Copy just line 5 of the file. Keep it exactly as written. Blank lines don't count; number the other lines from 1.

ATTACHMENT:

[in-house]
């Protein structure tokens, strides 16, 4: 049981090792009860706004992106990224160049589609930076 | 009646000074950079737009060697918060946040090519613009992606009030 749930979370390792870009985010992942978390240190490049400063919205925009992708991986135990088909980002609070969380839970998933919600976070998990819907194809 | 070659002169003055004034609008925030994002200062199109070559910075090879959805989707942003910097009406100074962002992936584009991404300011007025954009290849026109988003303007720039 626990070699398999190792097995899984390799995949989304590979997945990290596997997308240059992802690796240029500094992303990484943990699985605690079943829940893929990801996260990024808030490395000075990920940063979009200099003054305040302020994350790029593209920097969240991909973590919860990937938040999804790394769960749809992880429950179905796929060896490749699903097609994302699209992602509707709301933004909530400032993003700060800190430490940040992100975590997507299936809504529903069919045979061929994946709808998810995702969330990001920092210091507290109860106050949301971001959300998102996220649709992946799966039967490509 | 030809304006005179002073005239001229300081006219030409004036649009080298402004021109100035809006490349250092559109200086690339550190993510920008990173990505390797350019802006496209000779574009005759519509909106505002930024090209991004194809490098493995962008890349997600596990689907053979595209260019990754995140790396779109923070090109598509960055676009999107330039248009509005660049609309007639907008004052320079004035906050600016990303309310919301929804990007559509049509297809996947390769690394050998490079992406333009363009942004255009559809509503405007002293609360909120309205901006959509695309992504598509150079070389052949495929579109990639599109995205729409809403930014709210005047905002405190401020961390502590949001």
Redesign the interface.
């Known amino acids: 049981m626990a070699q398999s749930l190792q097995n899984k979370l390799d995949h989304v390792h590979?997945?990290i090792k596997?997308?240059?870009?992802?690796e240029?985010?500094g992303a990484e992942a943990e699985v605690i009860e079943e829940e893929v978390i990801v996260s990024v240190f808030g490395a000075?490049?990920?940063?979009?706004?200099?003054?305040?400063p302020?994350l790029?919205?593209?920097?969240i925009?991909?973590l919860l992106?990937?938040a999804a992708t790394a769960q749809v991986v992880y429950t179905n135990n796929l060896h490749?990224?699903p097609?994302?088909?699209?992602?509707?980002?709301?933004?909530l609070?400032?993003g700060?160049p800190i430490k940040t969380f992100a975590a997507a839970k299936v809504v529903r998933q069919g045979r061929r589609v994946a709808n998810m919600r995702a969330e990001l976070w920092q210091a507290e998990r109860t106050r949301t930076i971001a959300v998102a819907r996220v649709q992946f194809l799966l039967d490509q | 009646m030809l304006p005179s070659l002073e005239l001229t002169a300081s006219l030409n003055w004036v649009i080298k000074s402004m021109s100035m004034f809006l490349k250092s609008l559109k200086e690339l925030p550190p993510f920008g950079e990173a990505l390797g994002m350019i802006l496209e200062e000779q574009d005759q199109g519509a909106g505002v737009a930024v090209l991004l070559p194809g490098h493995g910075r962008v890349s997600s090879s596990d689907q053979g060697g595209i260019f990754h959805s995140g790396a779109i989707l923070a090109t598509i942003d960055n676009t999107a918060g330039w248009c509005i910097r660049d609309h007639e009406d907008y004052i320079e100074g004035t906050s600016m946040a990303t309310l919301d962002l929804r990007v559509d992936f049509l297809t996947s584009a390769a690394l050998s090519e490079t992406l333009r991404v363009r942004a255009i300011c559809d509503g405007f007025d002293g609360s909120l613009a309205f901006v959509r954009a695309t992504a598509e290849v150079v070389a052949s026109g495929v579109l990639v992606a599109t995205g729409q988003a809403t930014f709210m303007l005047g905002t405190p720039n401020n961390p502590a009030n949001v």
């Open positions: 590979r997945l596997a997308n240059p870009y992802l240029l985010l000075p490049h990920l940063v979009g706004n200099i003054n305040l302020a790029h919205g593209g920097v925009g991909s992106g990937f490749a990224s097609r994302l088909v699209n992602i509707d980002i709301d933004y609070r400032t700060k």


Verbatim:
């Open positions: 590979r997945l596997a997308n240059p870009y992802l240029l985010l000075p490049h990920l940063v979009g706004n200099i003054n305040l302020a790029h919205g593209g920097v925009g991909s992106g990937f490749a990224s097609r994302l088909v699209n992602i509707d980002i709301d933004y609070r400032t700060k």